The Charter Review Committee has been continuing their work reviewing our city charter and to prepare their report for the city council. The CRC currently meets every other Tuesday from 5:30pm – 7:30pm and are actively seeking input from all members of the community. The CRC met with the full City Council last week to give us an update on their work and to request a five month extension to complete their work. We will be discussing their proposed extension on Monday at the City Council meeting. Their next regular meeting will be Tuesday, April 11, 2023 from 5:30pm – 7:30pm. In the coming weeks and months, they will be planning more public outreach events. They have also been working to attend community group meetings to spread the word about their important work and get input from the community. If you are part of a community group and would like to invite a CRC member to your meeting to talk about the work and get involved, please reach out to them via email! I invite you to attend their meetings and events, engage with members of the committee, and discuss your vision for our City charter. All the information as well as recordings of previous meetings can be found on their website. Further, you can submit written comments at any time to be considered by the CRC by emailing: CharterReviewCommittee@Cambridgema.gov.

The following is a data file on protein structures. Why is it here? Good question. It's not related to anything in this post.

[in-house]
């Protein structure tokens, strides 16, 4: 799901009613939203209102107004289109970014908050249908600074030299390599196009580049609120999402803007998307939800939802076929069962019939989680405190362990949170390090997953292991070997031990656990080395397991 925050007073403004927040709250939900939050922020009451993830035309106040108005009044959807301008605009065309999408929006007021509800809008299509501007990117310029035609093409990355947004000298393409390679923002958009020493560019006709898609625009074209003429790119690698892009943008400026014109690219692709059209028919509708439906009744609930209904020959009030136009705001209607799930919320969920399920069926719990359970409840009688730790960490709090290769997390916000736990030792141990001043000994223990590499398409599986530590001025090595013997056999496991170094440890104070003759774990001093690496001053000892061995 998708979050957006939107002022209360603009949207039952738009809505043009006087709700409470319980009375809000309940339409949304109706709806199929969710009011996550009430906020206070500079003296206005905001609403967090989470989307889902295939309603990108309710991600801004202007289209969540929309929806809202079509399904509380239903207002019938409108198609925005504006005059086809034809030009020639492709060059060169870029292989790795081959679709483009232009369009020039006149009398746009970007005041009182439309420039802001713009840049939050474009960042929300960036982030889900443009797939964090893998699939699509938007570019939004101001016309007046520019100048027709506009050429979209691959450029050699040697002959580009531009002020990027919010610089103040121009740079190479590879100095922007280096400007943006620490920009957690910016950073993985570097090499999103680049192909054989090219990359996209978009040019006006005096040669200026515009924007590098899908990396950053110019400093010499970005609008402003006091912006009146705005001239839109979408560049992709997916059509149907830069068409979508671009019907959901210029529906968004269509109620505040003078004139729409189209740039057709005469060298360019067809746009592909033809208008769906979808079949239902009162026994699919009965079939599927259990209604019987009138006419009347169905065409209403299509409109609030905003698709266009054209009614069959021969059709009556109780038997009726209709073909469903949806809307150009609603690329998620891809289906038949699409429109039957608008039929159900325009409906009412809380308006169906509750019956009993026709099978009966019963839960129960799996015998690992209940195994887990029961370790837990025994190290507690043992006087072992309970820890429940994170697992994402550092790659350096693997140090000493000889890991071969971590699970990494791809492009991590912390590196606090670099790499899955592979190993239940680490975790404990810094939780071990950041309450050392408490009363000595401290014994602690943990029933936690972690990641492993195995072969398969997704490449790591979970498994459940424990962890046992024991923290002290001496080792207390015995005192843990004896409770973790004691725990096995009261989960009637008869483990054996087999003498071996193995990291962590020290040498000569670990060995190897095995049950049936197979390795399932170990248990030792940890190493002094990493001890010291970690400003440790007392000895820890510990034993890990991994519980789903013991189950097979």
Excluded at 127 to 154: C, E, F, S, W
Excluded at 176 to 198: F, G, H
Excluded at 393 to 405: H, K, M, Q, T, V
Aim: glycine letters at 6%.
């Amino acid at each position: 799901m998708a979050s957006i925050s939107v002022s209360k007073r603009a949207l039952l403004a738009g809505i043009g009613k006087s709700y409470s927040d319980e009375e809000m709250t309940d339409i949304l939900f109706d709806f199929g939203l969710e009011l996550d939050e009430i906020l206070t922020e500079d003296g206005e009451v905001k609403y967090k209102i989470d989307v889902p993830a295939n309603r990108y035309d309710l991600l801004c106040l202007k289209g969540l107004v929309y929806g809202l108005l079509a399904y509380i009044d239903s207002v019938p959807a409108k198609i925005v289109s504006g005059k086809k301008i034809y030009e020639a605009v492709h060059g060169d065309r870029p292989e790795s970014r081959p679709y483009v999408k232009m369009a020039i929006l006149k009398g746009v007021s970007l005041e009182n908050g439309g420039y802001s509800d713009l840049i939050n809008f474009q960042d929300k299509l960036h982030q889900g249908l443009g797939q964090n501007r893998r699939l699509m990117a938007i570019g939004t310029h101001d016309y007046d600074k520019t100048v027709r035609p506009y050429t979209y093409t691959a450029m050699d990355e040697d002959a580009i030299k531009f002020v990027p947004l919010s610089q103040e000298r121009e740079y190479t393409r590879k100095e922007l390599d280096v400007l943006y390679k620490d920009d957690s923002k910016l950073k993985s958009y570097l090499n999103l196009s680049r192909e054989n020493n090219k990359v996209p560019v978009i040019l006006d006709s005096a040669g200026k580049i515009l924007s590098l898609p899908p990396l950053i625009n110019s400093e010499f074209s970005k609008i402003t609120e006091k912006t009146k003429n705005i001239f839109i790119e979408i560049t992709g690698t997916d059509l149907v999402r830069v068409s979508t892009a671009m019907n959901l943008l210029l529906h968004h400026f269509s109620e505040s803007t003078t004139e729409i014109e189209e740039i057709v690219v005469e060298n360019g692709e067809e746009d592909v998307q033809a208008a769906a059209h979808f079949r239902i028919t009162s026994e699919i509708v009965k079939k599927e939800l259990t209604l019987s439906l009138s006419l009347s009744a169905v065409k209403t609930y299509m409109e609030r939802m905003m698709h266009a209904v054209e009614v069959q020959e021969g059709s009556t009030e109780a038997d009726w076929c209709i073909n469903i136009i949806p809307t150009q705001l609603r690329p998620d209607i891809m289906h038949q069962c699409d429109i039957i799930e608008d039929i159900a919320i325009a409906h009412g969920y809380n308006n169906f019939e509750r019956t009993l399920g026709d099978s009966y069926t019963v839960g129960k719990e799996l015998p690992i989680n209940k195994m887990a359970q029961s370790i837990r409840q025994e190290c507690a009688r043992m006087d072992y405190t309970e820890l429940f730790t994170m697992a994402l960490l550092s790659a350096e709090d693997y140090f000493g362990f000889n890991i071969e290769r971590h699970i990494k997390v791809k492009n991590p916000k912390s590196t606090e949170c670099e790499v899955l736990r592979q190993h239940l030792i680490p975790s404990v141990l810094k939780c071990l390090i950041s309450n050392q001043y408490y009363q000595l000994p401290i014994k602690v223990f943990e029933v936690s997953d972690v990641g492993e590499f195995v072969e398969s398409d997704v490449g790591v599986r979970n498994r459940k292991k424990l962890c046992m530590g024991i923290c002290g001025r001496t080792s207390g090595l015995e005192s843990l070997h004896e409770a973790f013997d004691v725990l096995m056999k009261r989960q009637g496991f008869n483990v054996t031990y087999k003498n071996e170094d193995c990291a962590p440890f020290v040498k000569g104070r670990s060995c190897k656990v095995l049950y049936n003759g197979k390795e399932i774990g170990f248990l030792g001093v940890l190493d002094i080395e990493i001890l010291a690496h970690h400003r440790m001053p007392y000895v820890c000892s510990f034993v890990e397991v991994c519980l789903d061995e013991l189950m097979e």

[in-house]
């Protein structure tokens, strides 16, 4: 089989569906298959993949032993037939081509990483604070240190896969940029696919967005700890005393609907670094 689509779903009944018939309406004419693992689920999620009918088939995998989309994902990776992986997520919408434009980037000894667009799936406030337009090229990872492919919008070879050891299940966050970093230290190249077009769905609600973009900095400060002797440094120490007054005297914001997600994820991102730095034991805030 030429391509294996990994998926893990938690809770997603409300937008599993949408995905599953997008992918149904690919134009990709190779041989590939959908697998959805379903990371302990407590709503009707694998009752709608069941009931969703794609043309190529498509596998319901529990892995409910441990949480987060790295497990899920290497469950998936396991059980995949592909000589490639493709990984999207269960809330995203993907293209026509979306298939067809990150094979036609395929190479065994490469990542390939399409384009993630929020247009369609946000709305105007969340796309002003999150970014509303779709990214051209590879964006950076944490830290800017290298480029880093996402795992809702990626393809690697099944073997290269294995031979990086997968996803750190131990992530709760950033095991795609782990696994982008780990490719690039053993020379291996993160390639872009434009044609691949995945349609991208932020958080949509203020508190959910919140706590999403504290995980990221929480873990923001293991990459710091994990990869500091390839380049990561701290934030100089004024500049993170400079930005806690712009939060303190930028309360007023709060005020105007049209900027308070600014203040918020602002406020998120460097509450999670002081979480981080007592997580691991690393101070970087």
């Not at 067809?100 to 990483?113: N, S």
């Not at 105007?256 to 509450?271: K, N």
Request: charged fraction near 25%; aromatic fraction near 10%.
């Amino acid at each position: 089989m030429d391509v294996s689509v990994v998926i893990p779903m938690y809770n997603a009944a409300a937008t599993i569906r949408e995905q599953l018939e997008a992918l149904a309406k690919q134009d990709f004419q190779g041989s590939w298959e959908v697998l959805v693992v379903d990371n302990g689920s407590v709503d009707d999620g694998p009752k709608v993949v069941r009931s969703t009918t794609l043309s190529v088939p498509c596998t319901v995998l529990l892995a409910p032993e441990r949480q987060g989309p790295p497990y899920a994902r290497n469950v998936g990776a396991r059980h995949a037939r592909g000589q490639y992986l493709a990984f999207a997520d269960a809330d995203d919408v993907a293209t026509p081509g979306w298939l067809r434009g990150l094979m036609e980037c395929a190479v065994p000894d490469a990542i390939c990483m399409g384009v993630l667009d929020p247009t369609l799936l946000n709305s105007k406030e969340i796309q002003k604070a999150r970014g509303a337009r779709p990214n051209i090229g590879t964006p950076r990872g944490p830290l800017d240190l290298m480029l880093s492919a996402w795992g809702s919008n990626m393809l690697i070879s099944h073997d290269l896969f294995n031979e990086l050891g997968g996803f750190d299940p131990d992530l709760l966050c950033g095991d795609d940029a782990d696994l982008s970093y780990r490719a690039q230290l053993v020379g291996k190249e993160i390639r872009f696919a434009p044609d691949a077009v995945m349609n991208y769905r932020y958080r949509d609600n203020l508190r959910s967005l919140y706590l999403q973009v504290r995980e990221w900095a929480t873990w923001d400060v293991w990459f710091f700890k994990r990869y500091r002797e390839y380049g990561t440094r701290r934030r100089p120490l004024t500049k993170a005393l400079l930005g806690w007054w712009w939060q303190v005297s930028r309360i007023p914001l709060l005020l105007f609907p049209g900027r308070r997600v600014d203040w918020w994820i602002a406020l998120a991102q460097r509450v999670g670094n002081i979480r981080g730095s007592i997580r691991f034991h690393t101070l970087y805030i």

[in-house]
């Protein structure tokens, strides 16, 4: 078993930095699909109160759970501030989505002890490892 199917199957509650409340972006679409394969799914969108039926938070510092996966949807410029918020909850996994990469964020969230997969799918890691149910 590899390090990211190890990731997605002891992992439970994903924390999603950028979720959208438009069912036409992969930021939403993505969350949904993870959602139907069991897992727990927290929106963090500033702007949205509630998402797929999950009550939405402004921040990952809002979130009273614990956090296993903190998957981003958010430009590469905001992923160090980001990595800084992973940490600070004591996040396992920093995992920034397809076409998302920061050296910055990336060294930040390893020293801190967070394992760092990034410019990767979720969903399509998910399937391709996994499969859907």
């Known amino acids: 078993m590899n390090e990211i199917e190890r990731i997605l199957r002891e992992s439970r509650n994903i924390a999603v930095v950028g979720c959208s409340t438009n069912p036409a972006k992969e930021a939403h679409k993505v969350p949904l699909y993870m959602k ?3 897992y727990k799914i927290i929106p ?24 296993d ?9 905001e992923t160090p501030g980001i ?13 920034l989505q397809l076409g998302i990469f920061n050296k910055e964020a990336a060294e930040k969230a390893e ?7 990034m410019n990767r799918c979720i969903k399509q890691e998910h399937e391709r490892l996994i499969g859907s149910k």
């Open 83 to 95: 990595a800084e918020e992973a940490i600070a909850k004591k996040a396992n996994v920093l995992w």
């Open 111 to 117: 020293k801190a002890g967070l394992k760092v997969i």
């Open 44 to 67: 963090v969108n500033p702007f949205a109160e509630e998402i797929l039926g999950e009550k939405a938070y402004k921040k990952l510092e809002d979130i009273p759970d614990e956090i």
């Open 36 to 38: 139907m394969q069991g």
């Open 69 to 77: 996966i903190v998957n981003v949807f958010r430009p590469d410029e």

The CDC recommends use of updated (bivalent) COVID-19 booster shots for better protection against COVID-19 Omicron variants. The updated Moderna booster is authorized for people ages 6 years and older. The updated Pfizer booster is authorized for people ages 5 years and older. Children in this age group are eligible for the bivalent boosters if it has been at least two months since the completion of their primary series or booster vaccination. Please see the links below to learn more about getting the booster and find out where you can get yours.
Thank you to everyone for reading. If there are any topics you want me to cover in future newsletters, I’m always happy for the input! As always, please feel free to reach out to my aide, Patrick (firstname.lastname@example.org) , or me for any of your City Council needs.